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The Financial Times of London reported Tuesday that a "high-ranking Western . . . diplomat" told reporters "that there was little indication that Iraq’s leadership was responding to pressure by foreign leaders and the threat of a raging Sunni insurgency to resolve the country’s political deadlock."[1]  --  Meanwhile, in his Tuesday interviews U.S. Secretary of State John Kerry seemed to pull back a bit from statements in Baghdad Monday that amounted to an American declaration of war against ISIL, independently of the formation of a government in Iraq.  --  In Kurdistan on Tuesday, however, asked whether there would be "no military airstrikes before a government formation," he said:  "[B]arring some exigent emergency or something that predicates that the president makes a decision which he always has available to him with respect to any country or any crisis in the world . . . there must be a government here so that there can be a strategy going forward, because just a strike alone is not going to change the outcome."[2]  --  Thus Kerry's view is that the American president "always has available to him with respect to any country or any crisis in the world" the right to make "a decision" to unleash "military airstrikes." ...

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NEWS: Obama administration changes Iraq policy, will 'focus now on ISIL' & act alone 'if necessary'

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CNN reported that John Kerry, U.S. secretary of state, "met Iraqi leaders Monday" and said that "'[o]ur support will be intense, sustained,' and will be effective if Iraqi leaders unite to face the militant threat."[1]  --  Examination of a transcript of Kerry's remarks posted on the website of the U.S. Department of State shows, however, that Kerry's remarks are more militant than CNN reports.  --  Kerry said, in effect, that the U.S. is now at war with ISIS.  --  He asserted, moreover, that the president needs no further authority to wage such a war:  "the President has moved the assets into place and has been gaining each day the assurances he needs with respect to potential targeting, and he has reserved the right to himself, as he should, to make a decision at any point in time if he deems it necessary strategically," Kerry said.[2]  --  "President Obama has stated repeatedly that he will do what is necessary and what is in our national interest to confront ISIL and the threat that it poses to the security of the region and to our security in the long run," said the secretary of state.  --  Actually, the president has stated repeatedly something very different:  (text) (video) "The United States is not simply going to involve itself in a military action in the absence of a political plan by the Iraqis that gives us some assurance that they're prepared to work together."  --  That line is now abandoned, and the administration is elevating fighting ISIS to the level of a strategic priority, evoking various justifications.  --  Thus Kerry said on Monday in Baghdad:  "The President understands very clearly that supporting Iraq in the struggle at this time is part of meeting our most important responsibility:  The security of the American people, fighting terrorism, and standing by our allies."  --  This is not what the president communicated ten days ago, when he said:  "We're not going to allow ourselves to be dragged back."  --  That is precisely what he is doing: allowing himself to be dragged back.  --  The tone of the administration's line on Iraq has utterly changed since Jun. 13, when he only promised to "monitor the situation" and said his administration's "top priority" was "being vigilant against any threats to our personnel serving overseas."  --  Today, Kerry announced:  "[I]t is important to focus now on ISIL, and that’s why again I reiterate the President will not be hampered if he deems it necessary if the formation [of the new Iraqi government] is not complete." ...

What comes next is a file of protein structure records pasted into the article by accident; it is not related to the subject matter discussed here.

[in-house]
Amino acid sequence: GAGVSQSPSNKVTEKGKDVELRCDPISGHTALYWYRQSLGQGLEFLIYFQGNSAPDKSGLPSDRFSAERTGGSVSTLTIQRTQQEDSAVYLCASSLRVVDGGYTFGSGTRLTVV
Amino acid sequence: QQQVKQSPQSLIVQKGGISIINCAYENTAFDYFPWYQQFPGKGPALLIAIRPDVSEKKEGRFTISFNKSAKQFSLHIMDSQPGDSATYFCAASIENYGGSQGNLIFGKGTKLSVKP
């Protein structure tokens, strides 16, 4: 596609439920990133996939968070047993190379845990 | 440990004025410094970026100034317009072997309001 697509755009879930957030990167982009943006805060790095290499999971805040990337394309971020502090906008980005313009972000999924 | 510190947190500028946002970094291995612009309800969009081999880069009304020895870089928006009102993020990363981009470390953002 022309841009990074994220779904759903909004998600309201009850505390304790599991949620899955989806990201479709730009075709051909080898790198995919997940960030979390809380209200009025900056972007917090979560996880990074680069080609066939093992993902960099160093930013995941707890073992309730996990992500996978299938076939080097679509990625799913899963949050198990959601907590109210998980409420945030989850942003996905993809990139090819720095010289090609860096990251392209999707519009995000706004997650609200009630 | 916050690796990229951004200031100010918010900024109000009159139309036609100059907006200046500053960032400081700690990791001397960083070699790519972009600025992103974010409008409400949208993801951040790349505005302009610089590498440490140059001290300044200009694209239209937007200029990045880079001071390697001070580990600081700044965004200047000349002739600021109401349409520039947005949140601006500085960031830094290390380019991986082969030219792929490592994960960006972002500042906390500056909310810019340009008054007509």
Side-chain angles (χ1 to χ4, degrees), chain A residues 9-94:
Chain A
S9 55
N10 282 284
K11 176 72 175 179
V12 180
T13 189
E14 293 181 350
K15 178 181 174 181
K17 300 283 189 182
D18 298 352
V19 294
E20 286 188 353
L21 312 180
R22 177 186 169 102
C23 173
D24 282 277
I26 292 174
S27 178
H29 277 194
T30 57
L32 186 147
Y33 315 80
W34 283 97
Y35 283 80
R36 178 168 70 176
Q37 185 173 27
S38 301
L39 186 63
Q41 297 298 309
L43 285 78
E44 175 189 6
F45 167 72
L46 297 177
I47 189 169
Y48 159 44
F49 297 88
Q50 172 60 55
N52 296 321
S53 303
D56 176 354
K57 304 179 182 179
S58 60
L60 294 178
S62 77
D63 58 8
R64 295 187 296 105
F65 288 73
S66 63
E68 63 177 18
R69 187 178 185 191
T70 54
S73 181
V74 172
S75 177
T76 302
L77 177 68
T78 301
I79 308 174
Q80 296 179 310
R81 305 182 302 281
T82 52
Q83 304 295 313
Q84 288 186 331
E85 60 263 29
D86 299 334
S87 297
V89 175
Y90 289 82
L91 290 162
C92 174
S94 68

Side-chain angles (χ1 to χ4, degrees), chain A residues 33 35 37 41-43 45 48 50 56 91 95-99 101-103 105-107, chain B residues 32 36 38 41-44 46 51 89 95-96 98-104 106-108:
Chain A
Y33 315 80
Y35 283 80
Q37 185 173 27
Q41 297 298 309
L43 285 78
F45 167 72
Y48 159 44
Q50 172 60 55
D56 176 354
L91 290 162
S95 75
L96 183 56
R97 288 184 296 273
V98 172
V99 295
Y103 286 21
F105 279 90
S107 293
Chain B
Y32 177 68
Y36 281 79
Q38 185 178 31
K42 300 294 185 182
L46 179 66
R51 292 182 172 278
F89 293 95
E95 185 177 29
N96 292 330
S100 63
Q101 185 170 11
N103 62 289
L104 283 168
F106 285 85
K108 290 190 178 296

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IDEAS: Disruption craze 'well outside anything resembling plausible historical analysis'